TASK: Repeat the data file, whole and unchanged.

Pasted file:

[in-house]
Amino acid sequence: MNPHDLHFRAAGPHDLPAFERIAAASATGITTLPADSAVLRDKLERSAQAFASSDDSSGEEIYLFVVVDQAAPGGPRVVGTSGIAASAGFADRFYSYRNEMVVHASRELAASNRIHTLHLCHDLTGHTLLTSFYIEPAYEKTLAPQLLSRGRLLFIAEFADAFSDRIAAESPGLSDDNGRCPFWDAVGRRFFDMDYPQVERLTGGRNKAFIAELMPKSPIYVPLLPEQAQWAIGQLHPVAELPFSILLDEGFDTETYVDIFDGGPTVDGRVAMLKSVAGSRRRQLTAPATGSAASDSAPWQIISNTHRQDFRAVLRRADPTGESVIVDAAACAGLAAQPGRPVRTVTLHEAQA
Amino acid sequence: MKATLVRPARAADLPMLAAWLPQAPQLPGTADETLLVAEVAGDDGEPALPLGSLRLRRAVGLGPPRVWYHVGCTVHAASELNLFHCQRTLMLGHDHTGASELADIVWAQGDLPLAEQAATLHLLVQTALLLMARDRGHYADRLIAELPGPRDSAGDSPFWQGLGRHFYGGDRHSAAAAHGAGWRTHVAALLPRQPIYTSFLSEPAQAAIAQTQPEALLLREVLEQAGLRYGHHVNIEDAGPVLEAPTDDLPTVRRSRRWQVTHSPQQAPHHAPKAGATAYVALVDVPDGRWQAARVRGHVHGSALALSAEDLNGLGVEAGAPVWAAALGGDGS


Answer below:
[in-house]
Amino acid sequence: MNPHDLHFRAAGPHDLPAFERIAAASATGITTLPADSAVLRDKLERSAQAFASSDDSSGEEIYLFVVVDQAAPGGPRVVGTSGIAASAGFADRFYSYRNEMVVHASRELAASNRIHTLHLCHDLTGHTLLTSFYIEPAYEKTLAPQLLSRGRLLFIAEFADAFSDRIAAESPGLSDDNGRCPFWDAVGRRFFDMDYPQVERLTGGRNKAFIAELMPKSPIYVPLLPEQAQWAIGQLHPVAELPFSILLDEGFDTETYVDIFDGGPTVDGRVAMLKSVAGSRRRQLTAPATGSAASDSAPWQIISNTHRQDFRAVLRRADPTGESVIVDAAACAGLAAQPGRPVRTVTLHEAQA
Amino acid sequence: MKATLVRPARAADLPMLAAWLPQAPQLPGTADETLLVAEVAGDDGEPALPLGSLRLRRAVGLGPPRVWYHVGCTVHAASELNLFHCQRTLMLGHDHTGASELADIVWAQGDLPLAEQAATLHLLVQTALLLMARDRGHYADRLIAELPGPRDSAGDSPFWQGLGRHFYGGDRHSAAAAHGAGWRTHVAALLPRQPIYTSFLSEPAQAAIAQTQPEALLLREVLEQAGLRYGHHVNIEDAGPVLEAPTDDLPTVRRSRRWQVTHSPQQAPHHAPKAGATAYVALVDVPDGRWQAARVRGHVHGSALALSAEDLNGLGVEAGAPVWAAALGGDGS